But our Haiti experience is different. This isn’t some scene of deadly violence where the litter will be swept up by a street crew so tomorrow there’ll be no clue of what happened. This is not a plane crash that headlines the news for a day or two then disappears. This isn’t even 9-11 which seared our minds as we watched buildings fall but which is now wrapped in some insulated part of our brains.

Haiti is just too … too … I can’t even come up with words that capture the scope of the tragedy. In total, it defies all usual description. People on top of the hill and those in the slums were treated evenhandedly in death and loss. Our electronic front row seats have made us witnesses to all.

There’ll never be a realistic death count. With no recent census, and mass disposal of bodies which has become necessary, thousands and thousands of people … individual real people … will have simply disappeared. Dollar estimates of damage won’t mean much because so much physical destruction was in the slums where structures lost had little real value.

Somehow our usual response to disaster of sending a few dollars isn’t as comforting as in other times. It feels like another raindrop in a storm. The damage … the loss … the scope … the death toll … all overwhelm not only our senses but also the magnitude of what little we can offer in help.

When television cameras leave so, too, I’m afraid will much of the world’s interest and participation in rebuilding in the impossibly long aftermath. I hope not though it almost always does. Maybe this time, because of the totality of loss, our attention will not be so short-lived.

When I think of the geologic history of the area in which we live and the forecasts of eventual massive seismic activity here in the Northwest, maybe those old words will keep us watching Haiti: “There but for the grace of God go I.” Or us.

By now you know I’m a political junkie. Started during my high school years. I’ve never outgrown it. Some kids followed football or baseball scores and standings; some knew every song on the radio. At the age of 14 or so, I could tell you the names of precinct chairmen in both parties in all of Bend! Yes, they called them “chairmen” then.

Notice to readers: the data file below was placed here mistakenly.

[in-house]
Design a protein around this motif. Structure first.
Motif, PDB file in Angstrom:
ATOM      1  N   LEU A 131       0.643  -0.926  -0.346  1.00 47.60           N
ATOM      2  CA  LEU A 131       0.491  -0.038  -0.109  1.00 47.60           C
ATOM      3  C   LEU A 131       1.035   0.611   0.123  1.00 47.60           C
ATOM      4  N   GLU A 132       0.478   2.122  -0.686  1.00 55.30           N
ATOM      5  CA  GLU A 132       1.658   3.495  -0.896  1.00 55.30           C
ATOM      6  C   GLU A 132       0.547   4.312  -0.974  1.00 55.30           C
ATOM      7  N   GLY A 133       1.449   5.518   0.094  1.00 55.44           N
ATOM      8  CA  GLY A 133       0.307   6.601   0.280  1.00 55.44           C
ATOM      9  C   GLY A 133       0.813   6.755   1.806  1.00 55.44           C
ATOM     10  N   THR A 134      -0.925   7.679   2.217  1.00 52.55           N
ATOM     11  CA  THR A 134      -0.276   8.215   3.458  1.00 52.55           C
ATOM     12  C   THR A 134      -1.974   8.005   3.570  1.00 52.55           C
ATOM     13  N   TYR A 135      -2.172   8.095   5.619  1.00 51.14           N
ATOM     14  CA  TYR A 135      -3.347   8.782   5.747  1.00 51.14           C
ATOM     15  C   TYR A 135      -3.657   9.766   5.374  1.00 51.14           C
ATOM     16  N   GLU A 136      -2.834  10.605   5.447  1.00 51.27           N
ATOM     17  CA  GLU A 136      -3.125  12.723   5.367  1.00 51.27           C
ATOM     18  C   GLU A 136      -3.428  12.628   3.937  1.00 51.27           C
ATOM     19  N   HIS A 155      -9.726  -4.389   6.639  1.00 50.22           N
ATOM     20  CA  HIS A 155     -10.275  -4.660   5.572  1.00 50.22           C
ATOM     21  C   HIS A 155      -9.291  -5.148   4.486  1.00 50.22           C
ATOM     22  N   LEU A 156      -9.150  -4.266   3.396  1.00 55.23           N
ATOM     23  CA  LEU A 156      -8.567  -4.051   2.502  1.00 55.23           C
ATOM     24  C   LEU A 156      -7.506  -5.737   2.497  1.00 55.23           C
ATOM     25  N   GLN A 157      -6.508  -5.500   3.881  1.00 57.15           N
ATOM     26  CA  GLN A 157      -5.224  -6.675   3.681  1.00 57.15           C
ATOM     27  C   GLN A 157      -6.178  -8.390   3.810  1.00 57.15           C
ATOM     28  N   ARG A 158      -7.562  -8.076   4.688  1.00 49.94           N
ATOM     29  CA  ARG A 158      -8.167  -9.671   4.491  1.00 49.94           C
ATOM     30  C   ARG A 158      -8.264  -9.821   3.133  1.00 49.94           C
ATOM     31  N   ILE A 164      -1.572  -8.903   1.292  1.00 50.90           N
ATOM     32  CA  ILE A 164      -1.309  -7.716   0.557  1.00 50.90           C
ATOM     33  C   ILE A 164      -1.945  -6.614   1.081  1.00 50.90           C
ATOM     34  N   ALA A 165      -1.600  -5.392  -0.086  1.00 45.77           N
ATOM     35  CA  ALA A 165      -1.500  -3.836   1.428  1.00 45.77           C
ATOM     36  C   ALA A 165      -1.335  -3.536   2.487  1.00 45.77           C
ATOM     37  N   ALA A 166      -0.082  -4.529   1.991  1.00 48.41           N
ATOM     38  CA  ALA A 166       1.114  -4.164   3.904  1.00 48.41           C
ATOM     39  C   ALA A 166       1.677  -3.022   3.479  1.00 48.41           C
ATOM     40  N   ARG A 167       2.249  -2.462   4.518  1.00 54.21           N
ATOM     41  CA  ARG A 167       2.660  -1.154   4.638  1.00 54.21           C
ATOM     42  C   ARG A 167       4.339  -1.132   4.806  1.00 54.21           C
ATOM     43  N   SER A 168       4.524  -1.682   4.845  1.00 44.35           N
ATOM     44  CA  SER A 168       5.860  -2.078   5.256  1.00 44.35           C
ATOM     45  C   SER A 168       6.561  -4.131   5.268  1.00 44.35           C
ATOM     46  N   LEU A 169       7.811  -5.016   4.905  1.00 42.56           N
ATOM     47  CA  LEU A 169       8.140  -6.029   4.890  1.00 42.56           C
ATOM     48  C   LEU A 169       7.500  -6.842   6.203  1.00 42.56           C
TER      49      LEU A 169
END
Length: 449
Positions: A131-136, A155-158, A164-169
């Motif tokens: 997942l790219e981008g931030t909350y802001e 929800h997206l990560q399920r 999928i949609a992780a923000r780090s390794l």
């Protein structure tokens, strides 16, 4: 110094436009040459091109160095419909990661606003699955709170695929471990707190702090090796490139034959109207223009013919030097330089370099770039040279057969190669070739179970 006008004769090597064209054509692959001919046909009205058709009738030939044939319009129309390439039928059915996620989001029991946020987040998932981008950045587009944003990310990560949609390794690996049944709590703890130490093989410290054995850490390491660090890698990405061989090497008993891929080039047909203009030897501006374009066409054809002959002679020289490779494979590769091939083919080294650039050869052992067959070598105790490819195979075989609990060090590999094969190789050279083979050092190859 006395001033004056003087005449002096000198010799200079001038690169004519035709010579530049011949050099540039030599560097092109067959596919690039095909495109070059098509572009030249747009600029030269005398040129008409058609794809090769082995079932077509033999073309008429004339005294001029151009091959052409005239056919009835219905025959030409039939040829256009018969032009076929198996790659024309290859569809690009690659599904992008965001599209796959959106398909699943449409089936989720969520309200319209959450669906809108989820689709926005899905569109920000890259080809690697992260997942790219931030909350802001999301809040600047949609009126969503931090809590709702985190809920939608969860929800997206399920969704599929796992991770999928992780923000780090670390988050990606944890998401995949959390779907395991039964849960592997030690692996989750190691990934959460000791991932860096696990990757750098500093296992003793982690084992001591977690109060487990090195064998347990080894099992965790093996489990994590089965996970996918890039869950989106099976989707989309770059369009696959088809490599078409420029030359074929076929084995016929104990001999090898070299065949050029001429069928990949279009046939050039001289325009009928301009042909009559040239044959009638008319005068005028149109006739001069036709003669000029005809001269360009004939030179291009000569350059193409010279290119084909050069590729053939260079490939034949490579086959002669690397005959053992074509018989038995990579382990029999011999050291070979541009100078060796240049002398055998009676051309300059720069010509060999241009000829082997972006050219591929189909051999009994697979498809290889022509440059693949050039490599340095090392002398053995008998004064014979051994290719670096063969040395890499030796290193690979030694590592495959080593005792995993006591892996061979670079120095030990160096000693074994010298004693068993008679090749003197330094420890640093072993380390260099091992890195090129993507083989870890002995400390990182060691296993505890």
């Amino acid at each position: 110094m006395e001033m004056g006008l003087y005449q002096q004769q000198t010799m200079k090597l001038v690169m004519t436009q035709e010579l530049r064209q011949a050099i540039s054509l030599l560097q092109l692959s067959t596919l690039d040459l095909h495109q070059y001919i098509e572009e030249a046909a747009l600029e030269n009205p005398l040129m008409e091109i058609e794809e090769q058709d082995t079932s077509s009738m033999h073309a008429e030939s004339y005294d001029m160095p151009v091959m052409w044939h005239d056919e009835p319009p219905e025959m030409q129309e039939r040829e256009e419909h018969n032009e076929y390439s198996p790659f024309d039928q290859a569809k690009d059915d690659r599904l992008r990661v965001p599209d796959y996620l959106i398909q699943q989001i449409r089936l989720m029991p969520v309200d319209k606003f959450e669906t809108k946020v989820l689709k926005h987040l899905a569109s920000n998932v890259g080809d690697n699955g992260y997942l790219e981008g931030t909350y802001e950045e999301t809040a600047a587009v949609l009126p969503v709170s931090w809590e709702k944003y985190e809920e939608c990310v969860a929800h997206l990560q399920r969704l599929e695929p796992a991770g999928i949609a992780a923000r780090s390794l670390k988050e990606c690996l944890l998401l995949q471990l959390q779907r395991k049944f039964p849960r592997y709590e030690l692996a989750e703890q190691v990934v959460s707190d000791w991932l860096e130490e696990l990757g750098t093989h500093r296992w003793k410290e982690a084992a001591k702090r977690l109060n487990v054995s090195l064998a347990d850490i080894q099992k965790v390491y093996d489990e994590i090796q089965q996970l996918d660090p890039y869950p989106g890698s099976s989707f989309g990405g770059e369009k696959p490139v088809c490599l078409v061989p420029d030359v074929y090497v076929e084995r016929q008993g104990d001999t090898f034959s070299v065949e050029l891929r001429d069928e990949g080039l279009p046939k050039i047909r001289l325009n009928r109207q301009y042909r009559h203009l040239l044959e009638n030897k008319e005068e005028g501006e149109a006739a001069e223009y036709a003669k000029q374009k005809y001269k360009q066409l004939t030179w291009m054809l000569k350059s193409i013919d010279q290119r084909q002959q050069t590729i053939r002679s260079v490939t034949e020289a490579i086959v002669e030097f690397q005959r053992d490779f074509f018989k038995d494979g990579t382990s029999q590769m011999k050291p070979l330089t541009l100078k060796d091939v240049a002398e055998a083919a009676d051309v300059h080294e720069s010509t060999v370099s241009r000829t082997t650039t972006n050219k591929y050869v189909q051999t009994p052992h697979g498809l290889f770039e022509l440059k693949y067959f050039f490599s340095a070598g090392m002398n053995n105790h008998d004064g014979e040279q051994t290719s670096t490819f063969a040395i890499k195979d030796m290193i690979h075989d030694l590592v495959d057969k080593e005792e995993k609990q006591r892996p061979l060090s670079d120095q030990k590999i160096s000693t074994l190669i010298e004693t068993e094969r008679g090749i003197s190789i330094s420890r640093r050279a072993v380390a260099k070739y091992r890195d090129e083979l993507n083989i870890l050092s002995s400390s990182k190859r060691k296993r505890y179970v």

Anyone worth the salt in the political junkie business usually has a well-developed sense of people. And issues. If you don’t learn how to read both early on you can support a lot of losers. Or losing causes. To have a life-long love of the game, separating issues from non-issues, should be second nature.

Which is why I’m wondering why all the fuss about what Sen. Harry Reid (D-NV) reportedly said privately eight years ago about Barak Obama. Reid is alleged to have said Obama had “light skin” and “didn’t sound like a Negro” unless he chose to. Reid has admitted the words were wrong and apologized. Repeatedly. Obama has called Reid’s remarks a “poor choice of words” and graciously accepted the apology. That should be the end of it.

But the national media and many Republican lime-lighters won’t let it go. It’s being played and replayed ad nauseam along with requests … or demands … that Reid resign from the Senate. Which he shouldn’t. The absurd comparison is made to something former Sen. Trent Lott said at a testimonial dinner for the late Strom Thurmond.

Road apples! There is no comparison. Thurmond was an avowed racist for decades and ran for president as the candidate of an all-white separatist political party. His public statements … to say nothing of his private ones … were openly and completely racist. Lott got in trouble at a dinner for Thurmond when he said America would have been better off if Thurmond, a racist, had won the presidency.

What Reid said was in a conversation in his office. Still, Obama was right to characterize the words as “poor choice,” accept the apology and move on.

Maybe the reason I’m willing to cut Reid some slack on this is because I’ve said worse. And many more times than once. Truth be told, I’ll bet you have, too. Like me, probably more out of ignorance than hate.

Bend, OR, in the 1940s and 50s had one black family with no kids in school. I didn’t know anyone “of color” but, like a lot of teens, I had a stupid mouth at times. I said what everybody else said because “everybody else was saying it.”

In the military in my late teens, I suddenly met lots of “people of color.” My graduate course in race relations came quickly. I was better for it. My first drill instructor was Staff Sgt. Richard Wong from San Francisco. My first roommate was Arturo Lugo from El Paso. My best friend was Robert Strickland, a black Panamanian I supported in getting his American citizenship. My first boss was Master Sgt. Irley Meeks, a 6-foot-5 hard-drinking Cherokee from Oklahoma. I was suddenly living in the United Nations!

During my years as a street reporter in Washington DC, I had lots of racial interaction. Nearly all positive. In the 60s and 70s, hundreds of thousands of people came and went in the city as civil rights marches and anti-war demonstrations filled the broad streets. As I covered all the activities in my 30s, it was like being thrown into a racial and societal blender. You couldn’t spend years in the midst of that without becoming more diverse in your thinking.